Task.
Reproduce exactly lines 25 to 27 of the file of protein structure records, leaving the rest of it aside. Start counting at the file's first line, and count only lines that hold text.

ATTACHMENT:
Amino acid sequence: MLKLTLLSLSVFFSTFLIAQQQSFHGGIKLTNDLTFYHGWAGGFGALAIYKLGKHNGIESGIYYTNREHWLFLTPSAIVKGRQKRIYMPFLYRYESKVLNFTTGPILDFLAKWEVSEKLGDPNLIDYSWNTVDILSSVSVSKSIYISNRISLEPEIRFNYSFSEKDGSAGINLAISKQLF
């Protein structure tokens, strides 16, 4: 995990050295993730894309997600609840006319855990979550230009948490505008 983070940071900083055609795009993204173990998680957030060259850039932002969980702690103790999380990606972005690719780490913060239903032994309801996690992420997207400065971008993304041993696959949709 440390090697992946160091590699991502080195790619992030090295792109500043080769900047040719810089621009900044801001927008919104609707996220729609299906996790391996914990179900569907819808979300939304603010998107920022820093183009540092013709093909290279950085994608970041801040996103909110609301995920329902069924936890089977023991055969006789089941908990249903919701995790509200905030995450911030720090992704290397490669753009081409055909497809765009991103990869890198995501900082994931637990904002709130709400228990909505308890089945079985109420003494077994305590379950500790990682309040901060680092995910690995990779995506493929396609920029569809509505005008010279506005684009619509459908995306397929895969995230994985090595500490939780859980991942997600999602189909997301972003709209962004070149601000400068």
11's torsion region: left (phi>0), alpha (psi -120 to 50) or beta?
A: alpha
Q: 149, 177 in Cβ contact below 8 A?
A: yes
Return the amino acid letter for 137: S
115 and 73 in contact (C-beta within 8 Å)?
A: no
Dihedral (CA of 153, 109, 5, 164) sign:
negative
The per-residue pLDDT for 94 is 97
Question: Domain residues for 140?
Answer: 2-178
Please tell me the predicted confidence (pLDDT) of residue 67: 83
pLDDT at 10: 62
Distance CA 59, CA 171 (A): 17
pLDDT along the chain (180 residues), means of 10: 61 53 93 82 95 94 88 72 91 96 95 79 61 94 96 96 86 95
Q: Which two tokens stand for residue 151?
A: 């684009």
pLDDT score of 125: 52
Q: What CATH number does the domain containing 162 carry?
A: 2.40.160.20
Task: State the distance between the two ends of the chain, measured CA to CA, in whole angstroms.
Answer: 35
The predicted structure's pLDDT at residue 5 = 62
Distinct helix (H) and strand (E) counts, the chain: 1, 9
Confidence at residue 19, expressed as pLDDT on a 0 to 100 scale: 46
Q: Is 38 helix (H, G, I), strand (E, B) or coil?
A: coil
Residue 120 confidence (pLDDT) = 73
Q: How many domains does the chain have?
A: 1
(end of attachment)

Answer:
Answer: 35
The predicted structure's pLDDT at residue 5 = 62
Distinct helix (H) and strand (E) counts, the chain: 1, 9